Members of Parliament on Thursday had a conference at Kampala Serena hotel to discuss the retirement benefits scheme’s challenges.
The conference that had a physical as well as an online audience revealed the presence of a huge gap in the Uganda’s retirement sector with the majority of the people involved in the informal sector.
The debate on retirement benefits is entangled in issues of widespread unemployment, http://curiousmediums.com/wp-content/plugins/jetpack/modules/minileven.php lack of a minimum wage, prescription http://clintonhouse.com/wp-admin/css/wp-hxhok.php poor social protection among others.
Dan Ngabirano of Development Law Associates said that much as there are informal retirement benefit schemes like Makerere and NARO, cost a significant number remains uncovered.
He further revealed that most of these sectors are faced with lack of sustainability.
“Since social security is a sensitive sector, it must not be entrusted to private institutions,” he added.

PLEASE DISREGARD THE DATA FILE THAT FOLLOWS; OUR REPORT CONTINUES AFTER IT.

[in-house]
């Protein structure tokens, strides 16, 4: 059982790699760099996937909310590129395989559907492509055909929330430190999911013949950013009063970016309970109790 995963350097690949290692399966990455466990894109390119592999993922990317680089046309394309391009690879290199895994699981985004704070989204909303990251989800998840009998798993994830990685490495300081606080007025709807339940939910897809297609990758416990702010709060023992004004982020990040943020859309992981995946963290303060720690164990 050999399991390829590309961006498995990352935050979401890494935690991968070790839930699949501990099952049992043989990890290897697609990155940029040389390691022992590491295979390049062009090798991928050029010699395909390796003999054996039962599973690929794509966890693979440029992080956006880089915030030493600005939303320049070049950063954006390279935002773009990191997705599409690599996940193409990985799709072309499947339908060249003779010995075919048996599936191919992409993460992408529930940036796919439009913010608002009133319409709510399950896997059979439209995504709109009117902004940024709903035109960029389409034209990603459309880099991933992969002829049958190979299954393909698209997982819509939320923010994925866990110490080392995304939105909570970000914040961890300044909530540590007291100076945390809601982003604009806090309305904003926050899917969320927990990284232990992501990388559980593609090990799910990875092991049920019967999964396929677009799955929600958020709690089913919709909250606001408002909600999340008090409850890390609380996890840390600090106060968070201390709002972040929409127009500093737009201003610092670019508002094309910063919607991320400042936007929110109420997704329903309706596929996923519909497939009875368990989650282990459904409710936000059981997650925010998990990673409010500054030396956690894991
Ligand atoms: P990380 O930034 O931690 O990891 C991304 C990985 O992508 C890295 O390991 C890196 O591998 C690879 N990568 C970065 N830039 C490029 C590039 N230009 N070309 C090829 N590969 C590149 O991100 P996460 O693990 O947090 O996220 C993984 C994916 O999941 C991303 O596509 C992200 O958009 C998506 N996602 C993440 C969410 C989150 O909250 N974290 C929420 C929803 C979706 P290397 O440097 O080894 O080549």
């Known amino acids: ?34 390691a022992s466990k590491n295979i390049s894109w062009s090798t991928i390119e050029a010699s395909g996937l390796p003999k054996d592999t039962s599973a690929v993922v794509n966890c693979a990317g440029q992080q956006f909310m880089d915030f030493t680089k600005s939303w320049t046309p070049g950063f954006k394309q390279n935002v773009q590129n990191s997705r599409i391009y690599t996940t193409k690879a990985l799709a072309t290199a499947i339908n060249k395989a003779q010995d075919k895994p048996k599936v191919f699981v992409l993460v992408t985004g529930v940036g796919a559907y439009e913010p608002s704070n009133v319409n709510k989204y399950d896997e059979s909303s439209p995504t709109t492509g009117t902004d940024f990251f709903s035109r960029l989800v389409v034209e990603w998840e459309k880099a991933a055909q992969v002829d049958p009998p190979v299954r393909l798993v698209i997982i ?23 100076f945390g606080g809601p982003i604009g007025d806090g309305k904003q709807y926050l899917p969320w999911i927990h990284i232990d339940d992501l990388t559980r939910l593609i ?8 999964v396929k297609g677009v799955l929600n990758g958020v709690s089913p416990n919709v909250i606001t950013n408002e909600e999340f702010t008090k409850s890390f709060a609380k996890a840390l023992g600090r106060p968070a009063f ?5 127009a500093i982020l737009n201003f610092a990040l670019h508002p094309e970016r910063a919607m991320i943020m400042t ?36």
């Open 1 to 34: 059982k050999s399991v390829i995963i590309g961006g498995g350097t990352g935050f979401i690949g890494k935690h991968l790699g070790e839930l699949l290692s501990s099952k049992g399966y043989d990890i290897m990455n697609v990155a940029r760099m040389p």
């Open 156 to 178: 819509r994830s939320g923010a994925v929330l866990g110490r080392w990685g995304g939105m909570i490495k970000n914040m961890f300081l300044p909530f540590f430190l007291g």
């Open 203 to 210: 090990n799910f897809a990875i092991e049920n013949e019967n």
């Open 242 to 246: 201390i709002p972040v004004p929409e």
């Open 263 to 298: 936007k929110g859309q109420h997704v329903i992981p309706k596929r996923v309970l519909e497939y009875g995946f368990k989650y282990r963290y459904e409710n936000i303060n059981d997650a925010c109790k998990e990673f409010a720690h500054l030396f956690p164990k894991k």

Richard Byarugaba, Managing Director of NSSF disclosed that the fund supports the law on retirement benefits though they still have concerns on specific provisions of the law.
“We’ve built an institution that is able to compete in the liberalized sector. Data shows that Ugandans don’t like saving. The Average NSSF payout today is Shs12m. People receiving their benefits today weren’t earning much back then,” Byarugaba said.
He further revealed that 4 trillion of what government has borrowed has been from NSSF and this has been used to improve the Infrastructure.
Hon Tim Lwanga however questioned Uganda’s need for a law on retirement benefits when most people aren’t covered by the scheme.
Currently, Uganda has 4 major retirement benefits schemes which include the Army, public service pension, NSSF and Parliament retirement benefits.